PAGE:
“Those rules of thumb are there because these problems are hard to solve — they’re not there because folks are lazy,” said Andrew Vincent, Head of Product for Capital One’s United Income. “These problems are challenging. But United Income was designed to solve those problems, and that’s how we approach this.”
United Income was founded in 2017 by Matt Fellowes, an innovator, entrepreneur, and fintech expert who previously created the personal financial app HelloWallet. Capital One acquired United Income in 2019.
Vincent said that, when many people transition from the workforce to retirement, they must learn to adapt from managing one or two income streams to managing income from a number of accounts, including Social Security, pensions, and annuities.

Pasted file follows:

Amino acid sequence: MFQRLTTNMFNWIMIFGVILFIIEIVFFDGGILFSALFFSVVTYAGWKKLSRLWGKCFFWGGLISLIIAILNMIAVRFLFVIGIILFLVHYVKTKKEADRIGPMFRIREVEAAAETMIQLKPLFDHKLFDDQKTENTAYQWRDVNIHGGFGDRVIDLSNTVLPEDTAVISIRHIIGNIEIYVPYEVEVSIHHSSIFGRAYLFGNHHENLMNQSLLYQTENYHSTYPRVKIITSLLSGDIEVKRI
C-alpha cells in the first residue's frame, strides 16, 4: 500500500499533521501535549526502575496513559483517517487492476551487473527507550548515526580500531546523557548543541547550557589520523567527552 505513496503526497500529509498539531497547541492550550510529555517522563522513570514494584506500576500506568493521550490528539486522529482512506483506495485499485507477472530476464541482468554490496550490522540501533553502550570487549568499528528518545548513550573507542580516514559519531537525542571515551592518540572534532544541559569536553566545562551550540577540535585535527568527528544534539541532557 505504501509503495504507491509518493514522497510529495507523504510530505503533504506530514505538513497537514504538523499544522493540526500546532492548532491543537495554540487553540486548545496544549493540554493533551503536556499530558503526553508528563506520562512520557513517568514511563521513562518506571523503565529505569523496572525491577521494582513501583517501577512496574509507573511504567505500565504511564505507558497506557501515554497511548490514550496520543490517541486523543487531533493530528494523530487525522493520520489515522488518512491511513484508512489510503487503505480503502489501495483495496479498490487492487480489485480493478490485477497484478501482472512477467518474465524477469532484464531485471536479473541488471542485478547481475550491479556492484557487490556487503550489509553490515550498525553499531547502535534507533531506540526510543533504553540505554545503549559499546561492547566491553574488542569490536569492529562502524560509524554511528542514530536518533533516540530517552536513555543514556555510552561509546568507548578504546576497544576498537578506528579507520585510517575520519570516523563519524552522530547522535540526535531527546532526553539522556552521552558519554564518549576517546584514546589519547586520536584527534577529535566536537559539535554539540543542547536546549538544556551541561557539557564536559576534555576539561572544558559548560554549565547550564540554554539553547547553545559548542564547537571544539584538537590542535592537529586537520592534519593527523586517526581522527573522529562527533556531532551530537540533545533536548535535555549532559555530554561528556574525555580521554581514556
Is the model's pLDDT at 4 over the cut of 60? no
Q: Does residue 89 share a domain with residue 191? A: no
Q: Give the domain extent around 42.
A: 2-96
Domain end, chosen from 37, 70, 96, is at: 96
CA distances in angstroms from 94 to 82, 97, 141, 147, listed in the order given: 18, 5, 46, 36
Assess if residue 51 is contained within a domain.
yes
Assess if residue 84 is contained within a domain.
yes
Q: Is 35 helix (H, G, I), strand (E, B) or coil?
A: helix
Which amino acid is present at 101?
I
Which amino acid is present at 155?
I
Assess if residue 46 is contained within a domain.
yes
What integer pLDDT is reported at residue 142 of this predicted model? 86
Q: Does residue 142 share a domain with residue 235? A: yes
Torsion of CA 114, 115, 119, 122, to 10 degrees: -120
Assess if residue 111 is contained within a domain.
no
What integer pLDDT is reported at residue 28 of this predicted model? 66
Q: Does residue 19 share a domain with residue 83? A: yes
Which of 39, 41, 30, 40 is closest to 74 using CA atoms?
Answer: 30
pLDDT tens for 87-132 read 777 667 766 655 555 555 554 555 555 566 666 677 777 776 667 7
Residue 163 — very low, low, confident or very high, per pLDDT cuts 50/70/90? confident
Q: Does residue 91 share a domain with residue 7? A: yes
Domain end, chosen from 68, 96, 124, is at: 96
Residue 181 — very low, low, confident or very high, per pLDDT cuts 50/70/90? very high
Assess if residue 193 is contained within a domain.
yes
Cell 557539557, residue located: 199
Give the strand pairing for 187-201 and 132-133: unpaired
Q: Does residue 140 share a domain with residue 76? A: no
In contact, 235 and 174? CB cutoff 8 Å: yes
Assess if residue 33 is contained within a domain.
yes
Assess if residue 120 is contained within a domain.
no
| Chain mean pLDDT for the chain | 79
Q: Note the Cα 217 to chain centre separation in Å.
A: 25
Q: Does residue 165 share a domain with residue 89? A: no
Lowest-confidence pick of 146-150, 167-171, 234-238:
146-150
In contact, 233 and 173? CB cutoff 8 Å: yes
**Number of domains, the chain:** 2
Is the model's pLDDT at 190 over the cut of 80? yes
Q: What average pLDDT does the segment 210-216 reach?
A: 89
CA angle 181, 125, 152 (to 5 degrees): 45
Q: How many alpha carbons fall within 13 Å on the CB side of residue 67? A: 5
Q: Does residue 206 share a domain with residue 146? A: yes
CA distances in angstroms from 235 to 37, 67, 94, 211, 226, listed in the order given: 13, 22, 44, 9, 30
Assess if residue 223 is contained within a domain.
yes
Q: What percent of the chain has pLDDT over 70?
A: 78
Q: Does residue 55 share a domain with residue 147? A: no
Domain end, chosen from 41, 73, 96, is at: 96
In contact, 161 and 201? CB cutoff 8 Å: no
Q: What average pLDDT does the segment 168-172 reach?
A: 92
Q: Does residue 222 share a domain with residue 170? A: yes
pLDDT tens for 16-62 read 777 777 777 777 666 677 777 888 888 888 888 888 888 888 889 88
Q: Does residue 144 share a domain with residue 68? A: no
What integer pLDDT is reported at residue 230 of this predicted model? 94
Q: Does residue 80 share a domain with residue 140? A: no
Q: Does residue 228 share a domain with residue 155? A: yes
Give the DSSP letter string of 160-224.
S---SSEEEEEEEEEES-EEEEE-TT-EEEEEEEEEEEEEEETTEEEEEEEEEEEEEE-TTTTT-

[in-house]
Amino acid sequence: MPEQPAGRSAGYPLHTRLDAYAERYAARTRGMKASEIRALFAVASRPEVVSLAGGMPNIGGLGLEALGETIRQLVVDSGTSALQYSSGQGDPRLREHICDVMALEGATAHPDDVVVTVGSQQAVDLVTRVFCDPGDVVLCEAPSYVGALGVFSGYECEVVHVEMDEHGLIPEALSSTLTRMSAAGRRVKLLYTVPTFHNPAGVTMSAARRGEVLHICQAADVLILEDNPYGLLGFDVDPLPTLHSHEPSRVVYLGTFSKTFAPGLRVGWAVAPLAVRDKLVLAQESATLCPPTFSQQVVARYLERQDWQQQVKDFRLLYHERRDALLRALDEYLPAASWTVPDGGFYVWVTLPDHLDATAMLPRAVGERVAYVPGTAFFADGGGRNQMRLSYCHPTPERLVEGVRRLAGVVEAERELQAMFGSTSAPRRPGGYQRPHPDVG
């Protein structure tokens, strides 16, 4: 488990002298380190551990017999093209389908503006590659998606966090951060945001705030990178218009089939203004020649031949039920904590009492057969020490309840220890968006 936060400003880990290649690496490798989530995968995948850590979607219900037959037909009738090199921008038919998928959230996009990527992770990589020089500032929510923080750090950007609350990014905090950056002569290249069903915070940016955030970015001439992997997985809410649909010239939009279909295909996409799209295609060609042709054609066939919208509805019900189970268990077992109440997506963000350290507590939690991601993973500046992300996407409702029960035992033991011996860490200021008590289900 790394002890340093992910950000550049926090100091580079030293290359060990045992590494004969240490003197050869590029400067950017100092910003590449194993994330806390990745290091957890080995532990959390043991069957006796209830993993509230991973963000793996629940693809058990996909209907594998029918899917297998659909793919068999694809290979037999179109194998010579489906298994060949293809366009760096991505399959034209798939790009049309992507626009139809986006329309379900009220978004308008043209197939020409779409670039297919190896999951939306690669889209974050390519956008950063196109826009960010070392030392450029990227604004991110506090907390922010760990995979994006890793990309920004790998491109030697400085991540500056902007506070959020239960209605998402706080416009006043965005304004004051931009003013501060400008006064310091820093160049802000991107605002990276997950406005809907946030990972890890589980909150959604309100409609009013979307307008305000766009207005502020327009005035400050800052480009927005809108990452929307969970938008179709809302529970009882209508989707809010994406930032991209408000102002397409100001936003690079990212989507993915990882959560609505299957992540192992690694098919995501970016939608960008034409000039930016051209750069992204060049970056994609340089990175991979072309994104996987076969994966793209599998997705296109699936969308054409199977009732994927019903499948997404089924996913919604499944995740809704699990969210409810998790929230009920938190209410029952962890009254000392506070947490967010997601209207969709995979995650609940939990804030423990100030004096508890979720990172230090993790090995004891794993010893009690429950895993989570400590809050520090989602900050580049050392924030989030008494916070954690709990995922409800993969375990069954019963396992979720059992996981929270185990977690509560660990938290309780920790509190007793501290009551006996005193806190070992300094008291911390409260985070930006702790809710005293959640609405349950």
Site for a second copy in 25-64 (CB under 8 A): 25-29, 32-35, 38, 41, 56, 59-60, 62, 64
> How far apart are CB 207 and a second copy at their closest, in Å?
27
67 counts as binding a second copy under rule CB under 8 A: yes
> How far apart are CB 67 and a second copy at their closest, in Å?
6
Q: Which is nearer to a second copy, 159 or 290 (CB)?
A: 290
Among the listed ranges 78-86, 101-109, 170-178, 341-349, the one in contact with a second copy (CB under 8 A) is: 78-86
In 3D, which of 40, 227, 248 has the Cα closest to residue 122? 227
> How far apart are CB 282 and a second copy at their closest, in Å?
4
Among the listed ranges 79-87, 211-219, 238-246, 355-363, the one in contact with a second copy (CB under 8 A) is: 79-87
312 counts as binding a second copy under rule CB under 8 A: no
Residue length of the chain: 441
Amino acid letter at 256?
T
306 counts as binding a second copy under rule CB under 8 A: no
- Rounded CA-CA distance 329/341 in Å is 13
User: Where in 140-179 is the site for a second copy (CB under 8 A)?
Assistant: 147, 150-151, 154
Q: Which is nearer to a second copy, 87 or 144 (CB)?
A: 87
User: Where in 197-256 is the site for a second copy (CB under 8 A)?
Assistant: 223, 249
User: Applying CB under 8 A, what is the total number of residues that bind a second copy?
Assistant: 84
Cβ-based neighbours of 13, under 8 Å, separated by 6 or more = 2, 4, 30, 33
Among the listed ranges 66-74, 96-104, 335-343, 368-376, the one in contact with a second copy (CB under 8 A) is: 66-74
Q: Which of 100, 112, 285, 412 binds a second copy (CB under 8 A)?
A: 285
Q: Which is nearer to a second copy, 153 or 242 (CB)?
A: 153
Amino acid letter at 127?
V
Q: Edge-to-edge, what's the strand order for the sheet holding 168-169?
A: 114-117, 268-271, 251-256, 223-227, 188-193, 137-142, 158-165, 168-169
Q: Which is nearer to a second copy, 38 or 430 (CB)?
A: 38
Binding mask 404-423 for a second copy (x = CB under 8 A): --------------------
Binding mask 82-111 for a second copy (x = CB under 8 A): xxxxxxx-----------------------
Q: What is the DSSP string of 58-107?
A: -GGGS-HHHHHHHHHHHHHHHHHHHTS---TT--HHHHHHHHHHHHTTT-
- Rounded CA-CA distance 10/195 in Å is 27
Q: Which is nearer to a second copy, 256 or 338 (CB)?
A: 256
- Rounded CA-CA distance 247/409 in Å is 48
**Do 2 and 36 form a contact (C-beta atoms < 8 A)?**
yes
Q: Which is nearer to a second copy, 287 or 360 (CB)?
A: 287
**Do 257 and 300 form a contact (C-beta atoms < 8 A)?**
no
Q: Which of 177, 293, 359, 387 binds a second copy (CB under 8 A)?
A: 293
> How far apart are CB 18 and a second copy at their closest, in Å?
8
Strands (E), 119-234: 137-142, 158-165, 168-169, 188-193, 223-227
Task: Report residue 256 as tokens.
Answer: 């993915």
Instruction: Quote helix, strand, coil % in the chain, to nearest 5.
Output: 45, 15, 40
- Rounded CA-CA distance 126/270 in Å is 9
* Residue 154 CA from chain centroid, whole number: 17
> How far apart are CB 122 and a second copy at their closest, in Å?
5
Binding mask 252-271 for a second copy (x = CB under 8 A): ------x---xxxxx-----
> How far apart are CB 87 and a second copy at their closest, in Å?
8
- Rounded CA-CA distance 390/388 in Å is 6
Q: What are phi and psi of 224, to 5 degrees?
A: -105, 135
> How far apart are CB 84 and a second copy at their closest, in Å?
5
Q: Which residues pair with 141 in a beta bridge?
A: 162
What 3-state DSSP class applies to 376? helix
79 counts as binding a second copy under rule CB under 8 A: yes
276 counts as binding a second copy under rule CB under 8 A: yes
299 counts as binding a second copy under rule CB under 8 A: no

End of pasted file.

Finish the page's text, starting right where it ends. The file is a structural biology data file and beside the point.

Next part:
“They’re trying to figure out, ‘Ok, so which check do I cash, which one do I spend, which one do I deposit now?” he asked. “Then the question is, ‘Which account do I draw down and when? If I draw down my Roth IRA Does that mean I have to rebalance that account? And how do I do that?’”
Vincent said these questions illuminate complicated problems. And Fellowes, a former Brookings Institution scholar, loves a complicated problem, he said.
“Powered by new technology, a team of experienced wealth managers, and the highest ethical standards, we seek to unlock more effective ways to build wealth that endure over increasingly longer and ambitious lives,” according to United Income.